What to Do When Your Washing Machine Won’t Drain
If your washing machine has stopped with visibly a lot of water still in it, you will need to drain it before you can remove the washing.
The first action is to unplug the machine and empty the water. With a front-loading machine, you won’t be able to simply bail the water out of the tub, as you would for a top-loading machine.
You will need to drain the tub using gravity. Do this by placing the washer drain hose on the floor near a floor drain, or in a bucket/ washing-up bowl. Remove the stopper and progressively fill the bucket or bowl and emptying the contents, until no water is visible in the tub.
Clamp or stopper the hose to prevent any remaining water from running out while you empty the receptacle each time. Once the washer’s empty, open the door and remove the wet washing wring-out and dry your garments in any way possible. Finally, clamp or stopper the hose as it was before you started before plugging the appliance in again.
The Most Common Causes of a Washing Machine Won’t Drain or Spin
1. The load is unbalanced
Most of the time the tub stops spinning because the load is unbalanced. Sometimes you will have noticed the sound of the machine starting a spin cycle, only to make a clonking noise and then stop. If it stops very quickly there may be water still in the tub. Another tell-tale is that the machine may even have moved slightly from its normal position.
If so, and there is no standing water above the door cill, wait until the machine has been idle for a minute or two and the safety mechanism releases the door.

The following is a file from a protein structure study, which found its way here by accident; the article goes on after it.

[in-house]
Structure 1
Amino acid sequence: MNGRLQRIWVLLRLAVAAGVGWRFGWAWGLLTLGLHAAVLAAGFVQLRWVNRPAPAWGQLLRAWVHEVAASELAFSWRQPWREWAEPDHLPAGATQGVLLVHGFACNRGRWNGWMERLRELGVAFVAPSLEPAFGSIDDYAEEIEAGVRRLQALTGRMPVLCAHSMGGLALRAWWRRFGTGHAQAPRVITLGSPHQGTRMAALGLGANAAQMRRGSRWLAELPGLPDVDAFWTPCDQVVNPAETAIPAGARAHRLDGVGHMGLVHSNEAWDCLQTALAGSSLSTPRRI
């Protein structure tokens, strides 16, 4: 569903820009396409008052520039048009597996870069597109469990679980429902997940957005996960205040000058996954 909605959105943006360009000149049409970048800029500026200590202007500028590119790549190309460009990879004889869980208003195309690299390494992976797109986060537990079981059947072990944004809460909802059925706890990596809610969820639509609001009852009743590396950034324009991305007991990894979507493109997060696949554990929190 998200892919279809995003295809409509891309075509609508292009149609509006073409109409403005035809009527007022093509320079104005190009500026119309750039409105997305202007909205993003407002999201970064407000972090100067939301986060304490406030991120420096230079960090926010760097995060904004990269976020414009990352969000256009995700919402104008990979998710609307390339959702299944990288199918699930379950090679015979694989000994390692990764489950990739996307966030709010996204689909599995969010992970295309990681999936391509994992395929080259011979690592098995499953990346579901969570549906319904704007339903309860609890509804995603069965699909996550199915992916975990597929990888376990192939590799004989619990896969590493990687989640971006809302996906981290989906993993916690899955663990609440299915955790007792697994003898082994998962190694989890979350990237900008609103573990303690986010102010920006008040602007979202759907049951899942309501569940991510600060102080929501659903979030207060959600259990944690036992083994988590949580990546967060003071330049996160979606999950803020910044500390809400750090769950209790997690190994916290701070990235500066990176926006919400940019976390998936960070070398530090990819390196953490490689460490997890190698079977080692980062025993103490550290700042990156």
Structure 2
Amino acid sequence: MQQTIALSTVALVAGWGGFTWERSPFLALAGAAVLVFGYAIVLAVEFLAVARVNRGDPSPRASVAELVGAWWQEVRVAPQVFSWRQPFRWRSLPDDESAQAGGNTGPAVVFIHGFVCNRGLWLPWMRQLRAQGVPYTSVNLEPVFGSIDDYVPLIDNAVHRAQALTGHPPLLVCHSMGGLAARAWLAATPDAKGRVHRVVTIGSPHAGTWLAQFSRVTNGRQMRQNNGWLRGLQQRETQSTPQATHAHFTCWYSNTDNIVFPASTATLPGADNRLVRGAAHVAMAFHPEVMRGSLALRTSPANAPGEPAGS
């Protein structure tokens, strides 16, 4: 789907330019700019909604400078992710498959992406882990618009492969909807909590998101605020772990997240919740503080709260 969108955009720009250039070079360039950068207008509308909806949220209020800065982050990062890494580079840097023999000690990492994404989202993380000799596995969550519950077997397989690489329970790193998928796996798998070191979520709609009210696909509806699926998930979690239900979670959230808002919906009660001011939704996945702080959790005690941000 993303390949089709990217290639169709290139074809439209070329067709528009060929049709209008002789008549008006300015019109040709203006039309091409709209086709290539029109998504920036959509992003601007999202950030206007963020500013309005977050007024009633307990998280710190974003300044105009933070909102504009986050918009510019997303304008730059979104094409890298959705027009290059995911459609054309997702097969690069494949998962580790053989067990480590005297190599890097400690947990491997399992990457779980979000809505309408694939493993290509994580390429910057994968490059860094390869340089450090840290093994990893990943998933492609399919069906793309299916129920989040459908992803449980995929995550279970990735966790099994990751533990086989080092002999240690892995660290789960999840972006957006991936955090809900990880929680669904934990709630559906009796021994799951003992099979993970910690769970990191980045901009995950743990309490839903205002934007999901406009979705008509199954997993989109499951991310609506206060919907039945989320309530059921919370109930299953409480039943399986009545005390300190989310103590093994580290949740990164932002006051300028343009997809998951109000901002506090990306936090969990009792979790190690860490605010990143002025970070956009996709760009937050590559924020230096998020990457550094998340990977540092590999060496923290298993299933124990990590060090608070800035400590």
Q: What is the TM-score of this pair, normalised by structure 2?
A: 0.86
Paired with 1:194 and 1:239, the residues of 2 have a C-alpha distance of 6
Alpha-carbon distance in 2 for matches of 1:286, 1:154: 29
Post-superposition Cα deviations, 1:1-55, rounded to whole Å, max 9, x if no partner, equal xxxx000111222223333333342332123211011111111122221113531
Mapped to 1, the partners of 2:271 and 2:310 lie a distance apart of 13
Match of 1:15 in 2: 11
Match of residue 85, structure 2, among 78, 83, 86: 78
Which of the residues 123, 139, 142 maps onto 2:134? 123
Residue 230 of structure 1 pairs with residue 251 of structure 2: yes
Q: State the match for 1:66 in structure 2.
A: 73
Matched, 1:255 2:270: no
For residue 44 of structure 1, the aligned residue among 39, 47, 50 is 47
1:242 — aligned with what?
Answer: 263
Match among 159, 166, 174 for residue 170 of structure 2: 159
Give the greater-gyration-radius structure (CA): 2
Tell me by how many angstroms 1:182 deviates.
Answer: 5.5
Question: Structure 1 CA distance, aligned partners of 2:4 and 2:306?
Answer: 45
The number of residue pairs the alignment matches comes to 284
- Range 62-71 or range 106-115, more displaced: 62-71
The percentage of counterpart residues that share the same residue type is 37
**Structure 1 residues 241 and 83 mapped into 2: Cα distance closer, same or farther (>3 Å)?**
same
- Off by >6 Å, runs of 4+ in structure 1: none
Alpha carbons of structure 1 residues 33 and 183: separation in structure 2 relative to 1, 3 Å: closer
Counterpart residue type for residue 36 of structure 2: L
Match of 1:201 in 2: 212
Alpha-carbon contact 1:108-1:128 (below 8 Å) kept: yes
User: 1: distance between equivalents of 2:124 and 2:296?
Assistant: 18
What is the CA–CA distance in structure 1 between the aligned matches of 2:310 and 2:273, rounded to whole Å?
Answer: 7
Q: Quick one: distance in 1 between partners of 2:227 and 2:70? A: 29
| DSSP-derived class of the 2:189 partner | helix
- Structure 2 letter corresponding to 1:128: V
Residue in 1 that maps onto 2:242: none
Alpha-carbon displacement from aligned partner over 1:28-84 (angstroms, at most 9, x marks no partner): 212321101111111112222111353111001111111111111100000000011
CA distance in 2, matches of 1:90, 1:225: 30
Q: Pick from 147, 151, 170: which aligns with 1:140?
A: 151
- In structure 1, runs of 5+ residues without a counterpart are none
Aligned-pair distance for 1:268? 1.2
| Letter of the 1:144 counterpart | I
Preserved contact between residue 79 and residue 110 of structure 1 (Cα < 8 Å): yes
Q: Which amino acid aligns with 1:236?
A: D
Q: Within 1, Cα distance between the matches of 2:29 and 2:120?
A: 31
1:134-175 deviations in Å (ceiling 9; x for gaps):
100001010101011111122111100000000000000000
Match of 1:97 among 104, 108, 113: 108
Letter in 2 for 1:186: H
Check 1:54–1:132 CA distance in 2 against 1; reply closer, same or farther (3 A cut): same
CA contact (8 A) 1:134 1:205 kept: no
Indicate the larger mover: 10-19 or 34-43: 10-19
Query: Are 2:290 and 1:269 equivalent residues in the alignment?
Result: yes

Open the spinner door and remove any especially heavy item which may have been causing the imbalance. You may need to dry that item by hanging it out to dry. If the imbalance was due to there being only one heavy item in the spinner at the time, you may also need to dry it in the air.
Sometimes adding another item, or several more items will balance the spin. If you have more washing to do, you might consider adding the item which caused the imbalance to a subsequent spin load with other garments.
2. There is an excess of foamy suds
Excessive foam could be caused by soft water or too much detergent. It usually happens when you add the wrong amount of washing powder, so refer to the instructions on the detergent bottle. The reason that a washing machine with excess foam may fail to pump out can be that the bubbles of foam get inside the pump, and the pump isn’t designed to pump bubbles.
You may be able to continue the wash by rinsing out the tub with clean water while draining it out via the pump hose, as described above. But, as this can be a long-winded process it’s probably better to just empty the tub, remove the wash-load, rinse out excess detergent by hand, replace the load and start the wash cycle again.
3. The drain hose is clogged, kinked or frozen
This problem is self-explanatory, and is something to look out for and put right:
4. The pump itself is clogged